The reason why this incident certainly had to be reported to the general management of the camp was that the conversion of the native workforces would be endangered by it: “It is consequently the second evil dance in the workers’ camp. This does not in itself concern us as these dances are not carried out in public places but because we are already unable to have the required guarantees for the baptism of our catechumens working here in your company, as a result of certain events that occurred previously, in my opinion, the latter aggravates the situation even further.”[xxvi] This reasoning fitted the strict rules applicable to the ‘catechumenate’. It also indicates how the worldviews clashed, even in the mind of people setting themselves up as defenders of the local population. Van Goethem worded this incompatibility still differently, in his complaint to the governor general about the development of the Congolese in Coquilhatville: “It is time now to give them their soul, to inspire them to attachment to their environment, to have them appreciate the civility, morality and religiosity of those who gave birth to them. If primary school teaches them all that, they will be enlightened and honest people, better able to understand the white and more capable of helping them.“[xxvii] The concern for national tradition was thus apparently not the actual foundation of education but was always subordinate to the demands and the needs of the coloniser. In any case, whatever the motivation of those responsible in the field was, the Christian life according to the prescribed rules formed the strong overtone. In an inspection report about the school in Bamanya, Hulstaert wrote: “The teaching of religious studies is well taken care of. Rev. Brother Director teaches himself in lonkundo, in addition to the lessons by the priests and teachers. Through this he can better help the students to penetrate the great truths and lay the foundation of a proper Christian life.”[xxviii]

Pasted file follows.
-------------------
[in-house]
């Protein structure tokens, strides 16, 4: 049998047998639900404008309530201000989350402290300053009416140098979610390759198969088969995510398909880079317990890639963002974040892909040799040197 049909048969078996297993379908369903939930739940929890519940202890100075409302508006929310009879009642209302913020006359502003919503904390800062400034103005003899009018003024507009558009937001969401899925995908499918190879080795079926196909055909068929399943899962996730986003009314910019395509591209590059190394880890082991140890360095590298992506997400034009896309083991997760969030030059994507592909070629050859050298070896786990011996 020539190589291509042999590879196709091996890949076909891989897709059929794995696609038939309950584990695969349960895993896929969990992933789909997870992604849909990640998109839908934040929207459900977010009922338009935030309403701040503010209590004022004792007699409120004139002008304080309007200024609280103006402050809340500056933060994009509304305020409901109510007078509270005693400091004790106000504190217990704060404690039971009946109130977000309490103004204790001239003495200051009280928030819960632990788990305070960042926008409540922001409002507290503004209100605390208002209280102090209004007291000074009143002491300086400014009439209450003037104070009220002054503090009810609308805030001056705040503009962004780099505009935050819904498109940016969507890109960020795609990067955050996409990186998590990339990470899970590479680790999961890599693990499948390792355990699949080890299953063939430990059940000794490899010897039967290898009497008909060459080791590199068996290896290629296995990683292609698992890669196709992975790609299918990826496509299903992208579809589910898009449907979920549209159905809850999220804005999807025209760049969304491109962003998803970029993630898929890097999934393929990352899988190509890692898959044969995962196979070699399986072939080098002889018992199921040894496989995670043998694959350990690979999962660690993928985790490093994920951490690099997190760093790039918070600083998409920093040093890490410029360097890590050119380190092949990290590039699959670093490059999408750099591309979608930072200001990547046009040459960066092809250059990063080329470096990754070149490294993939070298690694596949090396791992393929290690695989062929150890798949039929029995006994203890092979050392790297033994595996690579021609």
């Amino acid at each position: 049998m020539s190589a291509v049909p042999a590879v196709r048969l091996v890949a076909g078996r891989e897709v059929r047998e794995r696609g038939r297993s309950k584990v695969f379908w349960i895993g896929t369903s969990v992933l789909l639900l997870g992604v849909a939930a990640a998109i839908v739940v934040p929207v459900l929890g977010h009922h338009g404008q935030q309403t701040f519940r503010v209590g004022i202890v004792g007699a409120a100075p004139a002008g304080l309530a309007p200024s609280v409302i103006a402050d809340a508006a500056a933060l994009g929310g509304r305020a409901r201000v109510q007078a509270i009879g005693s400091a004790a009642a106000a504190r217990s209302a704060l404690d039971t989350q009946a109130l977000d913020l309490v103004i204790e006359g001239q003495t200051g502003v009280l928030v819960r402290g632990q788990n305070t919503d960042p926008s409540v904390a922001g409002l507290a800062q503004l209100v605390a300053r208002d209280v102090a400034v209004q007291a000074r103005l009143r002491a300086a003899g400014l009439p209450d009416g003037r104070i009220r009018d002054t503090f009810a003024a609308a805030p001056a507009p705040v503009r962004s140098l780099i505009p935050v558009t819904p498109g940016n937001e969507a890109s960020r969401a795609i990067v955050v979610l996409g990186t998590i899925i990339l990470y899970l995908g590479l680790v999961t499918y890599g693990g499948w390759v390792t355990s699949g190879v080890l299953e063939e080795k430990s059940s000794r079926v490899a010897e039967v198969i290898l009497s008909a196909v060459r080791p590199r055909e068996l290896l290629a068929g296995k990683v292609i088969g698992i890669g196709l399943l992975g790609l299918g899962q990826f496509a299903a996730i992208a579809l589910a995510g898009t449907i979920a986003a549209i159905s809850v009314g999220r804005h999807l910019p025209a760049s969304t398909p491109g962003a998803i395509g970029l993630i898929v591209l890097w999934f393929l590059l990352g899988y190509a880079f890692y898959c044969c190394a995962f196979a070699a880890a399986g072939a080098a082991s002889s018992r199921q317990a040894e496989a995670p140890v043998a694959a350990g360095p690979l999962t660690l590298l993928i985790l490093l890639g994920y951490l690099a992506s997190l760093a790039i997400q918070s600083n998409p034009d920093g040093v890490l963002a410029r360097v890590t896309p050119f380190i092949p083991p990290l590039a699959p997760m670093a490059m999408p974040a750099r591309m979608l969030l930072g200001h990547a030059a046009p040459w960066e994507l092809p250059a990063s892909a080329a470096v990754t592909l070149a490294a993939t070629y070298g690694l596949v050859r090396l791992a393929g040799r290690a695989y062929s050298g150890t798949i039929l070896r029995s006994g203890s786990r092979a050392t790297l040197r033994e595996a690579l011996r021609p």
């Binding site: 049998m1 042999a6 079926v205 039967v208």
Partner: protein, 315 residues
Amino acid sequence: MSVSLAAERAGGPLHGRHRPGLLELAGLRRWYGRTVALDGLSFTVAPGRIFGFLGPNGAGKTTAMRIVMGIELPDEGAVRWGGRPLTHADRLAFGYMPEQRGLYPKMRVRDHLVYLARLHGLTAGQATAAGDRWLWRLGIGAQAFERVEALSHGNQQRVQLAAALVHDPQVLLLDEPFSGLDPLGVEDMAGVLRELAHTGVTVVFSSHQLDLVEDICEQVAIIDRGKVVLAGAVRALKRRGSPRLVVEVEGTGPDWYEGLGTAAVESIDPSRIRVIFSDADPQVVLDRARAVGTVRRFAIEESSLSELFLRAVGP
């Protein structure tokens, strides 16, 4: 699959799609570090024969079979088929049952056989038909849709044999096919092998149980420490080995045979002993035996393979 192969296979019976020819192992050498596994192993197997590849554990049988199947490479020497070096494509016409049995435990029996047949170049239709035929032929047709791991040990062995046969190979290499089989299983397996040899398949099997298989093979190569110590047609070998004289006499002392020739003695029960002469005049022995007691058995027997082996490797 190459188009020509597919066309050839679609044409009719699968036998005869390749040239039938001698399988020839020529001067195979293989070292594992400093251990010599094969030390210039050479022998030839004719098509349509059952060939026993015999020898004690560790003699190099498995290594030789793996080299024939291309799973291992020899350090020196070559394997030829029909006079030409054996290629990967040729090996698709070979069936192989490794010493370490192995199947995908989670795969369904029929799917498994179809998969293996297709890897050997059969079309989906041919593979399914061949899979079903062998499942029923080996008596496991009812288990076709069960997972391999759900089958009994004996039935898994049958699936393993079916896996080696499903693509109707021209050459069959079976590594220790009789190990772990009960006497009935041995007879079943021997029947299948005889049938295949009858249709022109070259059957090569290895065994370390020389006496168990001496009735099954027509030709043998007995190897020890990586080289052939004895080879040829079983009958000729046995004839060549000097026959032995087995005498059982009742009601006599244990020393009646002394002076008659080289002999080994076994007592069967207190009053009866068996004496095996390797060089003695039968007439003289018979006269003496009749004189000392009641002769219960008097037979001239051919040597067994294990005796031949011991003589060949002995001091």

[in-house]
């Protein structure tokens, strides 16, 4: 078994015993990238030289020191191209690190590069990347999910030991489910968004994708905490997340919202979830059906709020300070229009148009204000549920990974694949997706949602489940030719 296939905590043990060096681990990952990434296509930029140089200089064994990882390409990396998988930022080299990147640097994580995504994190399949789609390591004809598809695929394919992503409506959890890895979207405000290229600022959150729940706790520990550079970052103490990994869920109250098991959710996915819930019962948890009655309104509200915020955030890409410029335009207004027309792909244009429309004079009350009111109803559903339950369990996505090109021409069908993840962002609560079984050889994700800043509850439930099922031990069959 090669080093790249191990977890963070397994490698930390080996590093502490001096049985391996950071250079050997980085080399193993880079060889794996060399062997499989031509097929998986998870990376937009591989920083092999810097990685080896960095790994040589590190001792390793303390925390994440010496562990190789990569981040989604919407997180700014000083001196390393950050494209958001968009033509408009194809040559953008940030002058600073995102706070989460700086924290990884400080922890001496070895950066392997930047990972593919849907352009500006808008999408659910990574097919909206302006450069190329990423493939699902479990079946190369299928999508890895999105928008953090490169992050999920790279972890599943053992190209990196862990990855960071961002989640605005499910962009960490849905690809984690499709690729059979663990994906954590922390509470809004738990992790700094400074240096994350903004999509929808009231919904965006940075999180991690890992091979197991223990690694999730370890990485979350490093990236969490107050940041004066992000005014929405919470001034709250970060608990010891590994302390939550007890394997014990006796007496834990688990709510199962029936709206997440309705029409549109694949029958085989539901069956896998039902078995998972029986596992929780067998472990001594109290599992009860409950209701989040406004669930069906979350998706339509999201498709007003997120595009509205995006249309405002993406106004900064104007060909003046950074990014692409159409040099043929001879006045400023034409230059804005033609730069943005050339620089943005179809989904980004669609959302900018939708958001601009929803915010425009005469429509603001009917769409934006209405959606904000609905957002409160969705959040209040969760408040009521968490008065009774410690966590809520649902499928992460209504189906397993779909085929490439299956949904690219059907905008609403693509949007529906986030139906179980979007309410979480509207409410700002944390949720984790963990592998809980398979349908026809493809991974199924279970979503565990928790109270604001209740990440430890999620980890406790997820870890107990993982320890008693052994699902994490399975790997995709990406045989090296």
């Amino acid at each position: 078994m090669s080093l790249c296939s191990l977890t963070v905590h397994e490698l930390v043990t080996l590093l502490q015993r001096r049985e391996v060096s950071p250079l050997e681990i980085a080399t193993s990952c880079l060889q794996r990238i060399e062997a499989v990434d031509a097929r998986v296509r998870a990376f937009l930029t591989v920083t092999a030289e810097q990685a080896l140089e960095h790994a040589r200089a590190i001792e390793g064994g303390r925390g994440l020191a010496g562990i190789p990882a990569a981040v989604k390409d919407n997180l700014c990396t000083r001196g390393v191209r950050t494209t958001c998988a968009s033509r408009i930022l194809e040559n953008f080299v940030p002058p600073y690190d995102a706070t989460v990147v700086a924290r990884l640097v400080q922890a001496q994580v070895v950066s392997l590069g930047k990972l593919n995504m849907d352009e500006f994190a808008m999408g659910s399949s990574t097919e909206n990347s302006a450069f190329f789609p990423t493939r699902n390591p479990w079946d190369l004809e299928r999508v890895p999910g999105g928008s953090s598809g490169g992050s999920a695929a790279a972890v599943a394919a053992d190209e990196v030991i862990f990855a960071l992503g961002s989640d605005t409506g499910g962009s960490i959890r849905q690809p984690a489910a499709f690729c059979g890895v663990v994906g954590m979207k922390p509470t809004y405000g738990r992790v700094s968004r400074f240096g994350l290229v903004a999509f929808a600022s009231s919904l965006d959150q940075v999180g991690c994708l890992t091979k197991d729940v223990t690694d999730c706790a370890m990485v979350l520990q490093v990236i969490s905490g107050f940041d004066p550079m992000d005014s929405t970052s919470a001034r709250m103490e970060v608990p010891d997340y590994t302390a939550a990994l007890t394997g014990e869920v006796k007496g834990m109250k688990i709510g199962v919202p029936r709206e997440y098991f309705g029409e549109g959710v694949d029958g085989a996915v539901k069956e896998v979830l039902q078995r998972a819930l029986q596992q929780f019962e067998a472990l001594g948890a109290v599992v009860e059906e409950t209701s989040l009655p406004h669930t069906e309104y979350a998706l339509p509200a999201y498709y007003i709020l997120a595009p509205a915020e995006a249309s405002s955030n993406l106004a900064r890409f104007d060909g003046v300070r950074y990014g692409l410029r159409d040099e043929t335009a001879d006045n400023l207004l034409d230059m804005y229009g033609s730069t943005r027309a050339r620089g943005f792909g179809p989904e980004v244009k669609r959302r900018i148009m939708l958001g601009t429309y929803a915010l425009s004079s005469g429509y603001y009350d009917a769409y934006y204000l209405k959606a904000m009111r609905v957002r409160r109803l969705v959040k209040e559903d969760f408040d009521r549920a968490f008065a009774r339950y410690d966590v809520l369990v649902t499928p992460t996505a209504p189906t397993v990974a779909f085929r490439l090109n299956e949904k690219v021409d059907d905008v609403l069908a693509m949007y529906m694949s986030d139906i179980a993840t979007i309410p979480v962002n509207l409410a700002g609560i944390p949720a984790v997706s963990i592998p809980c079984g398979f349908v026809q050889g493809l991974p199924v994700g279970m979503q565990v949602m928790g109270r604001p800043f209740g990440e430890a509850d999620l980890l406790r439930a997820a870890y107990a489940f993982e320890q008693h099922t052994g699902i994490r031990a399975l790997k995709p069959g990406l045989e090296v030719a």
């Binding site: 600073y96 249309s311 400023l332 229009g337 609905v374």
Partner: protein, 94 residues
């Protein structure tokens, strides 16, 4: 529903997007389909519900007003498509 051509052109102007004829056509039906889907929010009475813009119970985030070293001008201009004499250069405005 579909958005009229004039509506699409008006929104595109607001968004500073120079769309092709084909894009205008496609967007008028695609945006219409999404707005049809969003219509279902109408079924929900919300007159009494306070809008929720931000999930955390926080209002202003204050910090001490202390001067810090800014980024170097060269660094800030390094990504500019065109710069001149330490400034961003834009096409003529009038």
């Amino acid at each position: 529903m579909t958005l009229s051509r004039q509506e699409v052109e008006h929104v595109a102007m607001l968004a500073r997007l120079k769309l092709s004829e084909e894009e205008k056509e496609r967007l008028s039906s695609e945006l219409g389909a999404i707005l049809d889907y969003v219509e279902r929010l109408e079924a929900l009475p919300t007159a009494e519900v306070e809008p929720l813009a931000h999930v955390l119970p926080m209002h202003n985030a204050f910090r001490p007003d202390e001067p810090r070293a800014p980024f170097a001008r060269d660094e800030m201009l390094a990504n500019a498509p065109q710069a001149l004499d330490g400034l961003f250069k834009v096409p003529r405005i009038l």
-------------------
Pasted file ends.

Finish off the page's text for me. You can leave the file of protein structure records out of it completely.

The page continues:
Attendance and control of the children
2.1. Attendance